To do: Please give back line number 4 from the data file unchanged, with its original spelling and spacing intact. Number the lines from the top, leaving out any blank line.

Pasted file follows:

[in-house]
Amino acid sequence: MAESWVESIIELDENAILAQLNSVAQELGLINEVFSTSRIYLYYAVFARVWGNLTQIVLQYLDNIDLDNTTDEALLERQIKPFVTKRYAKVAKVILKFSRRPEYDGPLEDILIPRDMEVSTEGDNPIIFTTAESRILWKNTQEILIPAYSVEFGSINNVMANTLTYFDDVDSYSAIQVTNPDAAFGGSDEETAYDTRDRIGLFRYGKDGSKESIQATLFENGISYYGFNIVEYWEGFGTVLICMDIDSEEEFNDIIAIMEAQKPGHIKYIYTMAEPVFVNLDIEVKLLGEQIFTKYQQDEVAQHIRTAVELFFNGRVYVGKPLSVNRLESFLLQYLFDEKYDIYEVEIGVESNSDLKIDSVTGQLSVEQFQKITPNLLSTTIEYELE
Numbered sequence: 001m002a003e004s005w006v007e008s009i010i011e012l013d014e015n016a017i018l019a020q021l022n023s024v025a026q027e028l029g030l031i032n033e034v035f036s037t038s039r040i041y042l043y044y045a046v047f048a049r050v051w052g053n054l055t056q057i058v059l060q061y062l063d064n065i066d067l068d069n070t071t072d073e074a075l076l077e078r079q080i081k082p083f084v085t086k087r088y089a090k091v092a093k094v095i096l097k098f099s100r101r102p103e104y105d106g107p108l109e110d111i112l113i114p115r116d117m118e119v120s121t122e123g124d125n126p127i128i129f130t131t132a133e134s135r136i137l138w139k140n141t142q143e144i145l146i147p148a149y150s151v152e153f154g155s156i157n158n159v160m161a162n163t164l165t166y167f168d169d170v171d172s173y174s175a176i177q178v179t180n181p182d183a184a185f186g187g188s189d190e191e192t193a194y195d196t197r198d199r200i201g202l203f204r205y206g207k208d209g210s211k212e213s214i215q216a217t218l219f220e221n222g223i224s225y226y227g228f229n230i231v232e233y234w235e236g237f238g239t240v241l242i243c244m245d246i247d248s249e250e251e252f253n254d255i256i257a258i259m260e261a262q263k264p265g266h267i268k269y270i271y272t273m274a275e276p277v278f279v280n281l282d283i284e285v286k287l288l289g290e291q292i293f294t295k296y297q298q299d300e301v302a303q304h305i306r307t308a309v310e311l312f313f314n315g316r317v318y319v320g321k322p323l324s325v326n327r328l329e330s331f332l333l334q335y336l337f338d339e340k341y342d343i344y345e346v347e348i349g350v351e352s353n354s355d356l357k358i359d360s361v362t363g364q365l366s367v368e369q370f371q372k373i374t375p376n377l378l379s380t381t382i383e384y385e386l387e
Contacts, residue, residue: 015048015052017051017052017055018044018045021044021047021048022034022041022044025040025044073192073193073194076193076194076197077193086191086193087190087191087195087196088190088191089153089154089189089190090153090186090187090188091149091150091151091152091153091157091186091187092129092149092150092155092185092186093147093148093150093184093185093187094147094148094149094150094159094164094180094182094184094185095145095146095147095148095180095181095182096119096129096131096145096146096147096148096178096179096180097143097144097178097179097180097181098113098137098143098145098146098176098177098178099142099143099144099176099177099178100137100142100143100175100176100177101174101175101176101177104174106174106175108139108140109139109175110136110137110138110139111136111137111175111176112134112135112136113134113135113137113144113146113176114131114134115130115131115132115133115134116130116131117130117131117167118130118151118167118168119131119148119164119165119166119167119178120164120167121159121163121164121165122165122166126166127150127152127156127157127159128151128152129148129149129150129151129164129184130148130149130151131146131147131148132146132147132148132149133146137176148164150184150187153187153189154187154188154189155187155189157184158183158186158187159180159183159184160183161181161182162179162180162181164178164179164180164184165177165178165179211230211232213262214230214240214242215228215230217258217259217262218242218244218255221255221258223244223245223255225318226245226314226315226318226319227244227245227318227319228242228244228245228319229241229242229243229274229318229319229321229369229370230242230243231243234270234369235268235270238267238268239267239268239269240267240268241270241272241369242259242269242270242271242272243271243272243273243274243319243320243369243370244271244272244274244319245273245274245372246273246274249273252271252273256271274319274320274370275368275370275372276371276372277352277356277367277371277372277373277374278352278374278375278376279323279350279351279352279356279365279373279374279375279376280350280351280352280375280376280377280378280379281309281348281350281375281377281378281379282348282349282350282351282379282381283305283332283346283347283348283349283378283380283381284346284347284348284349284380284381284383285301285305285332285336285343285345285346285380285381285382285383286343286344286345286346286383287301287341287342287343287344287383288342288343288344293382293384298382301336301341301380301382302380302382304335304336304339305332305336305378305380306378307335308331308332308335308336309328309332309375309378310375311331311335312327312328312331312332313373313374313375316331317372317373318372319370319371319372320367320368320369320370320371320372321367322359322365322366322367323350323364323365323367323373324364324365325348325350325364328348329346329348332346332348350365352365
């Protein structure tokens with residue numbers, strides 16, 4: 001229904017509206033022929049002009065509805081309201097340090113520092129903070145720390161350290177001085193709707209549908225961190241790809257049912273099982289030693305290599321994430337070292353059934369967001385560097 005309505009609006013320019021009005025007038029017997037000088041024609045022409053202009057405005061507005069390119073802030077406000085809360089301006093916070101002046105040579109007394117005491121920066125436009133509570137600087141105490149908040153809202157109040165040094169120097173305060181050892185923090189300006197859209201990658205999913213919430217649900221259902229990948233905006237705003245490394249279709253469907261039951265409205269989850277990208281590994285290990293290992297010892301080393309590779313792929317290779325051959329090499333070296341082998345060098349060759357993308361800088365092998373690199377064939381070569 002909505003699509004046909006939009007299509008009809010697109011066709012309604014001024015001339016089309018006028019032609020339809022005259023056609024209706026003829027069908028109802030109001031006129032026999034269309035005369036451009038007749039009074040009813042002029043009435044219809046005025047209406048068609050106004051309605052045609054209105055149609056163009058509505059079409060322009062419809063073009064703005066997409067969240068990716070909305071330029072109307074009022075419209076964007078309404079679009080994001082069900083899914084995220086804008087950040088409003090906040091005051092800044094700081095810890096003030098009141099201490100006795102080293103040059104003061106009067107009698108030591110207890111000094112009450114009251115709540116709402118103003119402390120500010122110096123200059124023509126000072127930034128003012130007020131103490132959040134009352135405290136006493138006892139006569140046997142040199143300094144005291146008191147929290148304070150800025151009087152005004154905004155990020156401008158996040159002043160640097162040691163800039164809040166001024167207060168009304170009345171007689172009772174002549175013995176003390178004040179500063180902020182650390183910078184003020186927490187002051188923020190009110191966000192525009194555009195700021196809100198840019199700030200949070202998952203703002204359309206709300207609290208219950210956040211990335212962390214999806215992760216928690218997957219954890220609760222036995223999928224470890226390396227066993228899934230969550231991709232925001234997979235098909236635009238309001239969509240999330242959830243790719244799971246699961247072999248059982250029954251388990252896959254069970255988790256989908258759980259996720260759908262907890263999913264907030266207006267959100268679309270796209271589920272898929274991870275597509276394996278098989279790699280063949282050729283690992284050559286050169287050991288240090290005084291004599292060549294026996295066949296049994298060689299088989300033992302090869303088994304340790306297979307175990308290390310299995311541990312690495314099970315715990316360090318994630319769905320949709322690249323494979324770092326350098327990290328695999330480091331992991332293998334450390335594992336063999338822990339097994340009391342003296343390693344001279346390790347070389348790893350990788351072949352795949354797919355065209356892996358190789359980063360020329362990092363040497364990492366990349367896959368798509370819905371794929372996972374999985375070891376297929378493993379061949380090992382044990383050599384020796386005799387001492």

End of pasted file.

Contacts, residue, residue: 015048015052017051017052017055018044018045021044021047021048022034022041022044025040025044073192073193073194076193076194076197077193086191086193087190087191087195087196088190088191089153089154089189089190090153090186090187090188091149091150091151091152091153091157091186091187092129092149092150092155092185092186093147093148093150093184093185093187094147094148094149094150094159094164094180094182094184094185095145095146095147095148095180095181095182096119096129096131096145096146096147096148096178096179096180097143097144097178097179097180097181098113098137098143098145098146098176098177098178099142099143099144099176099177099178100137100142100143100175100176100177101174101175101176101177104174106174106175108139108140109139109175110136110137110138110139111136111137111175111176112134112135112136113134113135113137113144113146113176114131114134115130115131115132115133115134116130116131117130117131117167118130118151118167118168119131119148119164119165119166119167119178120164120167121159121163121164121165122165122166126166127150127152127156127157127159128151128152129148129149129150129151129164129184130148130149130151131146131147131148132146132147132148132149133146137176148164150184150187153187153189154187154188154189155187155189157184158183158186158187159180159183159184160183161181161182162179162180162181164178164179164180164184165177165178165179211230211232213262214230214240214242215228215230217258217259217262218242218244218255221255221258223244223245223255225318226245226314226315226318226319227244227245227318227319228242228244228245228319229241229242229243229274229318229319229321229369229370230242230243231243234270234369235268235270238267238268239267239268239269240267240268241270241272241369242259242269242270242271242272243271243272243273243274243319243320243369243370244271244272244274244319245273245274245372246273246274249273252271252273256271274319274320274370275368275370275372276371276372277352277356277367277371277372277373277374278352278374278375278376279323279350279351279352279356279365279373279374279375279376280350280351280352280375280376280377280378280379281309281348281350281375281377281378281379282348282349282350282351282379282381283305283332283346283347283348283349283378283380283381284346284347284348284349284380284381284383285301285305285332285336285343285345285346285380285381285382285383286343286344286345286346286383287301287341287342287343287344287383288342288343288344293382293384298382301336301341301380301382302380302382304335304336304339305332305336305378305380306378307335308331308332308335308336309328309332309375309378310375311331311335312327312328312331312332313373313374313375316331317372317373318372319370319371319372320367320368320369320370320371320372321367322359322365322366322367323350323364323365323367323373324364324365325348325350325364328348329346329348332346332348350365352365